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Phase II Trials Of Cediranib Fail For Mesothelioma Treatment

Astra Zeneca has been doing phase II clinical trials on the drug Cediranib for the treatment of Mesothelioma. Unfortunately, researchers have not gotten the results they were hoping for. Not only did the oral cancer drug not pass this phase as far as results related to treating the cancer, it also produced severe side effects and was not tolerated well by patients who took the drug.

Mesothelioma is an aggressive and fast moving cancer. This malignant cancer starts in the mesothelium (tissue sack that lines almost all human organs) and moves quickly throughout the body. Often times, the prognosis for Mesothelioma is not good. This cancer is believed to be caused by Asbestos exposure. Thus, the use, mining, and removal of Asbestos have gotten much less prevalent over the past several years. In the United States alone, this disease ends in death for over 2,500 people each and every year.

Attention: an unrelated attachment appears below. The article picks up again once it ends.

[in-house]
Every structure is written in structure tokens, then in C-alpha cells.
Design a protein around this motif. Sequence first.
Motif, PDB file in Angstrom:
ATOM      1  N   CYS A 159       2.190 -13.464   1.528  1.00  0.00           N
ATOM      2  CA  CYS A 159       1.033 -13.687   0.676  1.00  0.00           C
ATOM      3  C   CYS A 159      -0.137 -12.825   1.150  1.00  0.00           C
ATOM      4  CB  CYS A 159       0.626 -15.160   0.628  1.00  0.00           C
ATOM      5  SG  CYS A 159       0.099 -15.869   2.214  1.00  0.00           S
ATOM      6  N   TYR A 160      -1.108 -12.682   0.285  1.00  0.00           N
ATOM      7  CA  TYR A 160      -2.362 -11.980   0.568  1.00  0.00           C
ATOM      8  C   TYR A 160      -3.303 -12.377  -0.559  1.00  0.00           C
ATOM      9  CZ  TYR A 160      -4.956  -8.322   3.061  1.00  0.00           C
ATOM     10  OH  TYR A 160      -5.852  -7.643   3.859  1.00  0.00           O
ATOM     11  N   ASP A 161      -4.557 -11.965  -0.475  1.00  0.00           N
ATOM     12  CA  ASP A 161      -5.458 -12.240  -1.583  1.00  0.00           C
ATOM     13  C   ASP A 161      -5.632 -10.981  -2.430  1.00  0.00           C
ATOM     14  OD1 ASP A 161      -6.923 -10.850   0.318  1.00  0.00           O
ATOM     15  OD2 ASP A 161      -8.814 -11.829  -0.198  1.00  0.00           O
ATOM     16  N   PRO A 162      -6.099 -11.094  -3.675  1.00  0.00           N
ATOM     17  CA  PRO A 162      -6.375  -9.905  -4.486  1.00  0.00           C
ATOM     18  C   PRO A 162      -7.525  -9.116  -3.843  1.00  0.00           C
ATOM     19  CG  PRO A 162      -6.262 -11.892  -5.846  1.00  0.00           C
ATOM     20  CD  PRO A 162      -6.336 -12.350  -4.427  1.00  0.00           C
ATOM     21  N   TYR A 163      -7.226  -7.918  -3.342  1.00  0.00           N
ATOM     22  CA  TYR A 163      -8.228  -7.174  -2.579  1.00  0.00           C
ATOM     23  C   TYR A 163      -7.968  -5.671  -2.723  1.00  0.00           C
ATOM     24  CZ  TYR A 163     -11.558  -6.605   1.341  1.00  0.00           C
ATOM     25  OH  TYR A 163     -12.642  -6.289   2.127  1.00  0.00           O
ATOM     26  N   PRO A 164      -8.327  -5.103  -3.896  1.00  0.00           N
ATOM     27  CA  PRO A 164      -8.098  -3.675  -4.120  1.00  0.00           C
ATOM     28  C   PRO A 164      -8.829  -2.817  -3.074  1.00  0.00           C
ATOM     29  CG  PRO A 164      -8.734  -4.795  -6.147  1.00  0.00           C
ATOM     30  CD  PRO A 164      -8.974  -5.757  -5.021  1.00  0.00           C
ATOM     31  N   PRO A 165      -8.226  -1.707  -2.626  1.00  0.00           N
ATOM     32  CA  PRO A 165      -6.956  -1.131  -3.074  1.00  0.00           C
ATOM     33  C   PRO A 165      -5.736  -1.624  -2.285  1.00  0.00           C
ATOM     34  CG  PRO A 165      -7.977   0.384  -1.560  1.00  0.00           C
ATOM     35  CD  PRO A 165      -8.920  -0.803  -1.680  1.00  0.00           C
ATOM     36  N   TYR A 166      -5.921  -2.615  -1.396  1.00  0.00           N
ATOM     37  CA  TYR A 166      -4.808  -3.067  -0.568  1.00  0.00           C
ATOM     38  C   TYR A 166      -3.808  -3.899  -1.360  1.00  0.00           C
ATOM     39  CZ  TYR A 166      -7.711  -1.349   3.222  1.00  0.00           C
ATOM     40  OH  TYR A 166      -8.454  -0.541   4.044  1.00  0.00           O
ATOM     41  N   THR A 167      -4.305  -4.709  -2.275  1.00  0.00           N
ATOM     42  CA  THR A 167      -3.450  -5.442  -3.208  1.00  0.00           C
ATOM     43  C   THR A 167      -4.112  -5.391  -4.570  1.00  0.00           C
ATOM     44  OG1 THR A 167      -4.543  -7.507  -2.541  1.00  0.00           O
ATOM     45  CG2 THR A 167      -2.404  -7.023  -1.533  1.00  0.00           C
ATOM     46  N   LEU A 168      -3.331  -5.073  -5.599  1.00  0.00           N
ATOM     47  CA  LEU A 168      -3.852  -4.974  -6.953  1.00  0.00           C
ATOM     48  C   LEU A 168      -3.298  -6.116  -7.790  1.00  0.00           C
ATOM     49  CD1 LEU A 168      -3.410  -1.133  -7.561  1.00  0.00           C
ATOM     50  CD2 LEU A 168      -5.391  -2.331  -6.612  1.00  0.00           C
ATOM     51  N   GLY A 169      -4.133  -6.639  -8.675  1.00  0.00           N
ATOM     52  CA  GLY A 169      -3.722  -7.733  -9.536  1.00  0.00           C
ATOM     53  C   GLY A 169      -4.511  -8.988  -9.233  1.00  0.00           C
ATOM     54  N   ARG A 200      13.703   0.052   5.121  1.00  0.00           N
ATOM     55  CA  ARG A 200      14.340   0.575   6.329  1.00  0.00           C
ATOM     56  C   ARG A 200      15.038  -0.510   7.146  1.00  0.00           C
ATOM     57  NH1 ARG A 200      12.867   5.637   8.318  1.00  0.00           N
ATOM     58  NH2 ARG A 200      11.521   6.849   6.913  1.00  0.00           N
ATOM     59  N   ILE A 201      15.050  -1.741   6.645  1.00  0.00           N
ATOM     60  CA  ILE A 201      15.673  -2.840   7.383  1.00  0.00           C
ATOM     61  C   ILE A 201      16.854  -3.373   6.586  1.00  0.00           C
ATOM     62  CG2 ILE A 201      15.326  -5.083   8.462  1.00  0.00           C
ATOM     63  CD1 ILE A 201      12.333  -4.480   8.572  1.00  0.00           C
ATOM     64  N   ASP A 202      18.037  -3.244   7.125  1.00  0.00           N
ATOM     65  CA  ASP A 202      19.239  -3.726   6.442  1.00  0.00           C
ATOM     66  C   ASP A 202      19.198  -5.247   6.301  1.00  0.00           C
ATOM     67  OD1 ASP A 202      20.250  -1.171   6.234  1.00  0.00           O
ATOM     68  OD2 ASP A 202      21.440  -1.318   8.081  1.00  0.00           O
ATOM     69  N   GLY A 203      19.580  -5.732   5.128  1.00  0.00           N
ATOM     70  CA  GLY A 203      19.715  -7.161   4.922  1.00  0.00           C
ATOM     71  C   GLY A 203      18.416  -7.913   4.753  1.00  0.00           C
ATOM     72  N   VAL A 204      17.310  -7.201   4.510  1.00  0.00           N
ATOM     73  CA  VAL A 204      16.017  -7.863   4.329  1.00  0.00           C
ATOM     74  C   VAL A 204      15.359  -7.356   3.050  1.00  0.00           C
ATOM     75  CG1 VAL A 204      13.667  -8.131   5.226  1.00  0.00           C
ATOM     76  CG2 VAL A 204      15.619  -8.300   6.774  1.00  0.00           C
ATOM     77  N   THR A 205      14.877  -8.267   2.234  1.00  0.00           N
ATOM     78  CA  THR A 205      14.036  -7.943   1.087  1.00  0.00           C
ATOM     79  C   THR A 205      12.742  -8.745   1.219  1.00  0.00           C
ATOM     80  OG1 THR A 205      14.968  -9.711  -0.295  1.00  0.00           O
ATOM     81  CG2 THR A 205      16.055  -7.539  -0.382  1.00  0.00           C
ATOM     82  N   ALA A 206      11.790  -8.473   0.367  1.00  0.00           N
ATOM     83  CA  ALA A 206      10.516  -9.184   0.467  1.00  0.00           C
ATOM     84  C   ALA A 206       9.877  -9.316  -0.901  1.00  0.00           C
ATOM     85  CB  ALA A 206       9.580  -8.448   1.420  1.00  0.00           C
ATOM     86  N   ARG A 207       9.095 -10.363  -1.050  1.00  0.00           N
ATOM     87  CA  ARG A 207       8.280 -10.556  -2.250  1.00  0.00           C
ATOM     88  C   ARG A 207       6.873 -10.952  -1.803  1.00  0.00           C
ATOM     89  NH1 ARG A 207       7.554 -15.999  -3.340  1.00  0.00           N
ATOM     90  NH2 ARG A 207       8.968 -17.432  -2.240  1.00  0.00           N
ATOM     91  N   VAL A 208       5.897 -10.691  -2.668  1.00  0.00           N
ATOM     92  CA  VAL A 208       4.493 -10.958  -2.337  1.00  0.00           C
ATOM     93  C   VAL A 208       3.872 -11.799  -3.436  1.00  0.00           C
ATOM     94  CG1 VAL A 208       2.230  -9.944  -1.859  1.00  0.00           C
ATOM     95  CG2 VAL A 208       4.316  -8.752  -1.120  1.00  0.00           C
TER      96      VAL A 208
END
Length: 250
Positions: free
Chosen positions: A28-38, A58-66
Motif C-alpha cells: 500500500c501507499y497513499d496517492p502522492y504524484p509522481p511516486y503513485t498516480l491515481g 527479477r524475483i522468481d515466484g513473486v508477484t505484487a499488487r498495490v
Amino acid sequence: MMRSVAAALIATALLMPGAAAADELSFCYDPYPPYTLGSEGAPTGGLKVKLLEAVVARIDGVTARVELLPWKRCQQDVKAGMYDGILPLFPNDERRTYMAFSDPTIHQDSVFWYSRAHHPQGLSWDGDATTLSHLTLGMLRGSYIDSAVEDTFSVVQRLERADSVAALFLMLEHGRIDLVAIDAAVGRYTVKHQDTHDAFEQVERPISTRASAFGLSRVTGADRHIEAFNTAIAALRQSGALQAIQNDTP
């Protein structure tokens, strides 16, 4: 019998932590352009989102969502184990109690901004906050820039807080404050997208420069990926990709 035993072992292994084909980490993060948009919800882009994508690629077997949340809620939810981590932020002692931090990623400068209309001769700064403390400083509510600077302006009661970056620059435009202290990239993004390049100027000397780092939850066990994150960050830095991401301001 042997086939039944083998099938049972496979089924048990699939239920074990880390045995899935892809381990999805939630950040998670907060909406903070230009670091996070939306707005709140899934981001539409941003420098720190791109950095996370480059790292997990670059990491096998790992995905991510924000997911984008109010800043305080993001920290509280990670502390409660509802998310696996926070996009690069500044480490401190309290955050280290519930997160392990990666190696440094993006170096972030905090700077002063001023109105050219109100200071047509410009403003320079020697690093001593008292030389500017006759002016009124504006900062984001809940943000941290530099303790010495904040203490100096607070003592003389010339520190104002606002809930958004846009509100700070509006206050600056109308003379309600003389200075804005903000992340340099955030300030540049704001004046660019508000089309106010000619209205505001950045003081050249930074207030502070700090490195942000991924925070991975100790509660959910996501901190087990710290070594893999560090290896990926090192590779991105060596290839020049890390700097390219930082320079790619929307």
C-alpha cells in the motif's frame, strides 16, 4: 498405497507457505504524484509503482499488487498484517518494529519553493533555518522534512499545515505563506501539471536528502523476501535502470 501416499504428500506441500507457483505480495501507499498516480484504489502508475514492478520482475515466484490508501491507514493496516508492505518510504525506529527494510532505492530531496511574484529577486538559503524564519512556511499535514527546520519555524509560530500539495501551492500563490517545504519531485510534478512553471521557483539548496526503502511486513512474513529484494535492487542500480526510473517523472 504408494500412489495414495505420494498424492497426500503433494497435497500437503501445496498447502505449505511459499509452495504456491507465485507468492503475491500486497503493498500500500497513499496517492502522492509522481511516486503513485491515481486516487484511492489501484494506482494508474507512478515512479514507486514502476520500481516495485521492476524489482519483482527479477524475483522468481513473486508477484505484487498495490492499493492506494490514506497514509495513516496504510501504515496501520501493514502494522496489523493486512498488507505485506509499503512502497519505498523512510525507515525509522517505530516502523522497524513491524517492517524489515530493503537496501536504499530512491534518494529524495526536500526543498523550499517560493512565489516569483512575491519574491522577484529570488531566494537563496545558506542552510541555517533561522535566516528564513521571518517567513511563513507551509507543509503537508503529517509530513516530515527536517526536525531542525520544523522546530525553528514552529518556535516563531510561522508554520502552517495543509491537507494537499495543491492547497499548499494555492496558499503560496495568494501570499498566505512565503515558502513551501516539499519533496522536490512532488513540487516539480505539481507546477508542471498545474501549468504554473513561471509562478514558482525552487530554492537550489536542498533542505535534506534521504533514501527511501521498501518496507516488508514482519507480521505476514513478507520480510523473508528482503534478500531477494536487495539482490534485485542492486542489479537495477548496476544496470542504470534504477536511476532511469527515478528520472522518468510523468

Extensive research and studies have been done to determine how this cancer moves, what causes it to be so aggressive, and what slows it down. Researchers have found that there are certain protein markers that give doctors an indication of the progression of the disease, which in turn helps them to determine the best route of treatment.

One particular protein, VEGF (vascular endothelial growth factor), is a good indicator of fast progression of the cancer. This particular serum protein signals the growth of these fast moving cancer cells, and indicates a decreased chance of survival.

Recently, scientists at the University of Chicago conducted phase II trials of the drug Cediranib in 51 patients in 9 different testing centers. The patients tested had inoperable malignant Mesothelioma and had undergone some level of Chemotherapy. The results of the trial were not good for participants.

Only 15 percent of the patients survived after one year of treatment. The median progression rate was only 1.8 months, and the average survival rate was 4 months. Researchers also found that higher dosages of 45 mg, which was more adequate to fight the cancer, caused severe side effects and was intolerable for patients. Thus, in most cases, the dosage was scaled back to 30mg.

Some of the drug side effects included hypertension, fatigue, angioedema, and pulmonary embolism. The drug also caused reversible posterior leukoencephalopathy, which has its own host of horrible side effects including vision loss, seizures, confusion, and headaches.

In the case of the drug Cediranib for the treatment of malignant Mesothelioma, phase II trials have shown that drug is not as useful in treating the condition as scientists, physicians, and Astra Zeneca had hoped.